In Yeghipatrush, opposition is also strong, but their protests have not yet yielded tangible results. Since early this year, the village’s residents have gathered for protests in the village and in front of the government offices in Yerevan. But the construction of the resort is becoming more active day by day.
Calling her home deserted
When the project first began, the company bought land from a number of people in the village. According to residents protesting against the development who spoke to OC Media, the land was bought at prices significantly below market value, with people selling because they were afraid that this might be their last chance to do so before the land they owned was forcibly taken from them.
Those fears turned out to be well-founded.
Subsequent high demand from outside businesses and investors, driven by expectations of a successful project, drove the company and the government to take a step that stripped the villagers of their property and power: land that they had been the legal owners of was declared property of the municipality earlier this year.
Of the 1,600 hectares (16 square kilometres) taken from residents and given to Yeghipatrush Municipality with ‘free ownership rights’, only 32 hectares (0.32 square kilometres) has been excluded from future privatisation.
Rima Matevosyan, 68, has lived in Yeghipatrush for all of her life. But the 600 square metres of land that she and her family live off was described in the project’s documents as ‘deserted’, and consequently property of ‘public interest’, along with 5.8 square kilometres across the village.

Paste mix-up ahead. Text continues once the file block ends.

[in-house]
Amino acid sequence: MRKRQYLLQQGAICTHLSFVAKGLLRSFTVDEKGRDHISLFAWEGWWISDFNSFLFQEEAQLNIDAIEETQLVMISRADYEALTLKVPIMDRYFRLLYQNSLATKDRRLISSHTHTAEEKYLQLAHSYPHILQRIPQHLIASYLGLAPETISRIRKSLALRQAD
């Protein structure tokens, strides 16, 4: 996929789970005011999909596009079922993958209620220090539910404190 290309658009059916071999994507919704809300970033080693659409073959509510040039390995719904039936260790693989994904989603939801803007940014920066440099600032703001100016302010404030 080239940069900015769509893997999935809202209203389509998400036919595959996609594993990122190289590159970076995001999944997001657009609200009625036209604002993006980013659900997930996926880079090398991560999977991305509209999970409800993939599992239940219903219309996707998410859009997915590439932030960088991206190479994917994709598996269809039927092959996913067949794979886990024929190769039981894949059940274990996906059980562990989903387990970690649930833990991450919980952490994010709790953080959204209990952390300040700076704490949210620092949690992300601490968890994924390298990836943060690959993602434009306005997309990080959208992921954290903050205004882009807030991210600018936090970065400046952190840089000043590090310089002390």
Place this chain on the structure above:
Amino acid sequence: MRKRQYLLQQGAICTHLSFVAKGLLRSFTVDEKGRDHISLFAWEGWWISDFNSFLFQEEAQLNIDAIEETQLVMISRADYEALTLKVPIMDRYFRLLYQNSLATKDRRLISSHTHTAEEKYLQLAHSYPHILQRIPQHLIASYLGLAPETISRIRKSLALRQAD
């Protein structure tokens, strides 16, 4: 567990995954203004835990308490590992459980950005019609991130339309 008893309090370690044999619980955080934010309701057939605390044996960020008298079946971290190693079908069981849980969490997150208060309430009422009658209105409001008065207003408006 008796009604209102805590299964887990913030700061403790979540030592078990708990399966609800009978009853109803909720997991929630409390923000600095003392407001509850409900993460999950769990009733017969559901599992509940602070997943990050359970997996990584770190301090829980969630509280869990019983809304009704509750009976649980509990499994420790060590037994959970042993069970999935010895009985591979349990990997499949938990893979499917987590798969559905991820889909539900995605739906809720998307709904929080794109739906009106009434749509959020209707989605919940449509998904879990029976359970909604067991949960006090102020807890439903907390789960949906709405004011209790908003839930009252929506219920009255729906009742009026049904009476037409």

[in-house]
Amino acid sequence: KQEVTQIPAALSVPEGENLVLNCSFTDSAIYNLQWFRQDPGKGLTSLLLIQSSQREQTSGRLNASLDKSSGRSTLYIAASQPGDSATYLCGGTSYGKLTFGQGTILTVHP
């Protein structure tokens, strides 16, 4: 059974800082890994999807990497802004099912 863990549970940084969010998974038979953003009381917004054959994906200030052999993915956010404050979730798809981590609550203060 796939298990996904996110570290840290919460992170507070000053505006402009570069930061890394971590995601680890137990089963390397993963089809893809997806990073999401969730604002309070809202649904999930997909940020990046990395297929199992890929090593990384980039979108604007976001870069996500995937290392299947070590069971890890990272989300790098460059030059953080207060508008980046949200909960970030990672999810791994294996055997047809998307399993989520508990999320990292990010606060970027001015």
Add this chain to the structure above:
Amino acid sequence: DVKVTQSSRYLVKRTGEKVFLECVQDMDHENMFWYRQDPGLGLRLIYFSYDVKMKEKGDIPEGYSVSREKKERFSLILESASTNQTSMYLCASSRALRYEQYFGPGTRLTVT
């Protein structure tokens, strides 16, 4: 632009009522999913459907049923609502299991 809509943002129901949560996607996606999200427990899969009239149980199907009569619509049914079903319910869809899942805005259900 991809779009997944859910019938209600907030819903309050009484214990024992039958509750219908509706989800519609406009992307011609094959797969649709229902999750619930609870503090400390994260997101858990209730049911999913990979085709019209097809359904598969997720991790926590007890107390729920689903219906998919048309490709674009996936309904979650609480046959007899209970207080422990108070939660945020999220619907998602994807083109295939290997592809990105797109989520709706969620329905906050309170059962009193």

‘My husband planted these trees on his knees, he took care of them in the last days of his life; how can I give up on it?’, she says. ‘Now they came and called this land deserted’.
The Matevosyan family — who have been actively protesting the government’s decision — is currently hoping for some, hopefully good, news after Prime Minister Nikol Pashinyan visited the village in late summer and promised to help remedy the situation.
But Matevosyan isn’t optimistic, having already been disappointed by the treatment she’s received from both the government and the company.
‘I was told I don’t need the land, I should go and work for someone else instead. Someone else’s house. How can they say that?’
Matevosyan says she will not agree to exchange her land for any other; the land she wants and needs is in front of her house.
Neither land nor jobs
Armenia’s Ministry of Economy told OC Media that the benefits of the project to the region outweighed the individual interests of the landowners, as the project would encourage investment, create new jobs, and develop tourism.